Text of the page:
Halfway between Las Cruces and El Paso along old Highway 28, Chope’s Bar & Cafe has welcomed family, neighbors, and strangers inside its doors for over a hundred years.

The drive itself is scenic as you pass through small communities separated by farmland and pecan orchards, so it’s a bit of a surprise to suddenly come upon a crowded dirt parking lot outside two unassuming buildings. The smoky scent of chile and the whiff of something fried wafting from a kitchen hard at work filling orders quickly clarifies the situation.

Chope’s sits in La Mesa, a colonia of Doña Ana County, and offers traditional New Mexican food out of the former home of Guadalupe and José “Chope” Benavides. And now, the long-standing restaurant is the proud employer of a James Beard Award semifinalist chef.

Top row, left to right: Cecilia Yañez, Amelia Rivas, Adelaida Lucero, and Margarita Martinez. Bottom row: José “Chope” Benavides and Guadalupe Benavides. Photo courtesy of Chope’s.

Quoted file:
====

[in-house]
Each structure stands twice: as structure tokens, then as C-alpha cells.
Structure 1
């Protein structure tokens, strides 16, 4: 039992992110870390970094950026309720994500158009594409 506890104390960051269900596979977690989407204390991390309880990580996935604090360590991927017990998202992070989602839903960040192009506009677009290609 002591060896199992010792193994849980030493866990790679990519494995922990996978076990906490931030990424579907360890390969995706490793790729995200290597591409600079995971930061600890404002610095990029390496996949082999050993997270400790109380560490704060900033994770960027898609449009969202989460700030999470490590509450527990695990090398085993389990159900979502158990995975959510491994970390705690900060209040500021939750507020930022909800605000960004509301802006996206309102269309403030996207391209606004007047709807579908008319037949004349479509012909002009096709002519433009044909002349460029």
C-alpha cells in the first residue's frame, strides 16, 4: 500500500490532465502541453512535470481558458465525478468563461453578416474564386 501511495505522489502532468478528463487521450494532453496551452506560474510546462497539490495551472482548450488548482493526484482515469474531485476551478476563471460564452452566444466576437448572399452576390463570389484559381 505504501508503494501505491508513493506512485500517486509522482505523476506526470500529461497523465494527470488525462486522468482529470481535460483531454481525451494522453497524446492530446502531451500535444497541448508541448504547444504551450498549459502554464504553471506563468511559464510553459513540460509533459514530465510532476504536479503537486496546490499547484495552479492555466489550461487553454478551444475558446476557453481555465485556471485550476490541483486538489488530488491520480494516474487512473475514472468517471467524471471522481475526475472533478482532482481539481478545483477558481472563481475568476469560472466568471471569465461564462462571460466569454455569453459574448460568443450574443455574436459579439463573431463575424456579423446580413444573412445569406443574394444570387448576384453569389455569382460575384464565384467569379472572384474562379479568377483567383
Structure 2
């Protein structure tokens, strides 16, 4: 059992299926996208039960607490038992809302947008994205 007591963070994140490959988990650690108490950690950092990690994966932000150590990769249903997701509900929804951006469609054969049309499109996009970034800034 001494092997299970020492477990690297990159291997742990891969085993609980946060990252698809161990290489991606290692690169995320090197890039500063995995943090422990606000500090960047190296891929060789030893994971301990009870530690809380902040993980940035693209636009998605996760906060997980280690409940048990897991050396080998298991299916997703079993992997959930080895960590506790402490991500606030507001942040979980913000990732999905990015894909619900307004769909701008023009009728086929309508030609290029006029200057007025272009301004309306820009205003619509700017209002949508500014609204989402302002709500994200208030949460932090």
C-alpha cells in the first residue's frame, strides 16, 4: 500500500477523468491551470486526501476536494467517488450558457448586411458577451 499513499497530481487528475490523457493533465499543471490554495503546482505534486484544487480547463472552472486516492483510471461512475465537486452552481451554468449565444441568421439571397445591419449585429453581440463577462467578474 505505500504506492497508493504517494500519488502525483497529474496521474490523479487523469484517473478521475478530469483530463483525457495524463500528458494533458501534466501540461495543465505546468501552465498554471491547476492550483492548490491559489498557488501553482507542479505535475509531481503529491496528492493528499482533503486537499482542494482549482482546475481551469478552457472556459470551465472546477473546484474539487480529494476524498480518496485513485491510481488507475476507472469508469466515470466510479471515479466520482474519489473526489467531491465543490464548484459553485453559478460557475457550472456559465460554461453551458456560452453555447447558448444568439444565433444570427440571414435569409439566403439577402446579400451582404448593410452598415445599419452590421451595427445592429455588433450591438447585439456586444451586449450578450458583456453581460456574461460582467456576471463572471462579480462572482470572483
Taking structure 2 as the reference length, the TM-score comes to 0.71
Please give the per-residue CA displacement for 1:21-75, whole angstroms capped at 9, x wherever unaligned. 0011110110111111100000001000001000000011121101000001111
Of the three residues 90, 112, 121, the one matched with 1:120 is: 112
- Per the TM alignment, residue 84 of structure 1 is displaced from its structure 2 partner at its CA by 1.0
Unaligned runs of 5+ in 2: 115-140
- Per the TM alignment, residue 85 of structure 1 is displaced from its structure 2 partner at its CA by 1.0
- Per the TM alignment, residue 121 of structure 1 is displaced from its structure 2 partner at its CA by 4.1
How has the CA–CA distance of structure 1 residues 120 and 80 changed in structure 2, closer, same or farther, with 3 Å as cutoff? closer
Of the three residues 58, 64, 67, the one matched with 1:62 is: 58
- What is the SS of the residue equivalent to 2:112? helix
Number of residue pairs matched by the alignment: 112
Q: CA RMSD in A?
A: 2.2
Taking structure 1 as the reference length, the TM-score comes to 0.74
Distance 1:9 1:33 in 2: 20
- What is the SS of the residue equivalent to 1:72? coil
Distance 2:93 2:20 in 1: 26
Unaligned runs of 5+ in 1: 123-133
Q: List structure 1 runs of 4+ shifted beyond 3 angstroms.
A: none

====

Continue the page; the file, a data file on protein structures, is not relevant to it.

Like many families in the area, the Benavideses lived in La Mesa before New Mexico even became a state. Amelia Rivas, Chope’s eldest surviving daughter, explained that the family home turned restaurant was purchased from an Anglo family by her grandfather Margarito Benavides in the early 1900s.

The front room of the home was converted into a bar and the business began. Margarito’s wife, Longina Benavides, soon started selling enchiladas to farmers working in the area. “Maybe once a week, . . . she would put a lantern in front, they say, and she would sell enchiladas to whoever wanted,” Amelia said.

The couple continued with their business for many years, managing to make it through the Prohibition era by continuing to sell enchiladas as well as bootleg liquor from Ciudad Juárez. Amelia said she believes her family was one of the first to be issued a liquor license in the state of New Mexico after Prohibition ended.

The business morphed into Chope’s after Chope and his wife, “Lupe” Benavides, took over from his parents. They expanded the business by converting more rooms of the house into dining areas and adding items to the menu. The tradition of family running the business was instilled in the couple’s four daughters—Adelaida Lucero, Amelia Rivas, Cecilia Yañez, and Margarita Martinez. The three younger sisters all did their time in the restaurant, serving tables, bussing, and hosting. Adelaida, on the other hand, enjoyed working in the bar—ordering supplies, closing in the evenings, and serving the customers.

Left to right: José “Chope” Benavides, Guadalupe Benavides, Cecilia Yañez, Margarita Martinez, Amelia Rivas, and Josefina “Josie” Garcilazo (second from the right). Photo courtesy of Chope’s.